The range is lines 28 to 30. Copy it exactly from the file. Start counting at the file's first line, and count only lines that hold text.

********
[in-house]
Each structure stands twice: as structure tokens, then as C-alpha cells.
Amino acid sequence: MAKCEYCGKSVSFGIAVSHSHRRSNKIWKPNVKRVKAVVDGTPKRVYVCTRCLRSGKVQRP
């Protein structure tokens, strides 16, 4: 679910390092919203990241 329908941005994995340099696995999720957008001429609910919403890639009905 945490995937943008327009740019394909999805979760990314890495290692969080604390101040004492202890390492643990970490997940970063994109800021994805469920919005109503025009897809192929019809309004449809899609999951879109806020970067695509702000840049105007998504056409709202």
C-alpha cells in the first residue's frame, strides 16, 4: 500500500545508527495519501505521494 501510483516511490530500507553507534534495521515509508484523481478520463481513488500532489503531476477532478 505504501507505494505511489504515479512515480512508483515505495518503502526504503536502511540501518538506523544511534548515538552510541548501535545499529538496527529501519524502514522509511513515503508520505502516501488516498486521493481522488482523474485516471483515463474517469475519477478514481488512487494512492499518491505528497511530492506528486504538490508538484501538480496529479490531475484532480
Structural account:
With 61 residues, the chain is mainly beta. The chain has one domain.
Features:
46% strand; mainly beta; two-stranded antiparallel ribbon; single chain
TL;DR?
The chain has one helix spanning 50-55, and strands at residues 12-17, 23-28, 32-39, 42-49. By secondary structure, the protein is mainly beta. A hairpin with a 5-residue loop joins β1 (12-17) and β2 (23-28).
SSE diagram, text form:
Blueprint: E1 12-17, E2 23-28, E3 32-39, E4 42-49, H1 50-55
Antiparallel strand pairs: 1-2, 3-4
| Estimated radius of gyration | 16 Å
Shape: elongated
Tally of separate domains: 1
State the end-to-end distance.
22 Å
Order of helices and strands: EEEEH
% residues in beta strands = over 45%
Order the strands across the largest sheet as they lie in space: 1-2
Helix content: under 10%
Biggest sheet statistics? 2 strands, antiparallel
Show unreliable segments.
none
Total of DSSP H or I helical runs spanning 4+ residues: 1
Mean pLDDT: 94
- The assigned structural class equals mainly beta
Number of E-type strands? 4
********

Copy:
Mean pLDDT: 94
- The assigned structural class equals mainly beta
Number of E-type strands? 4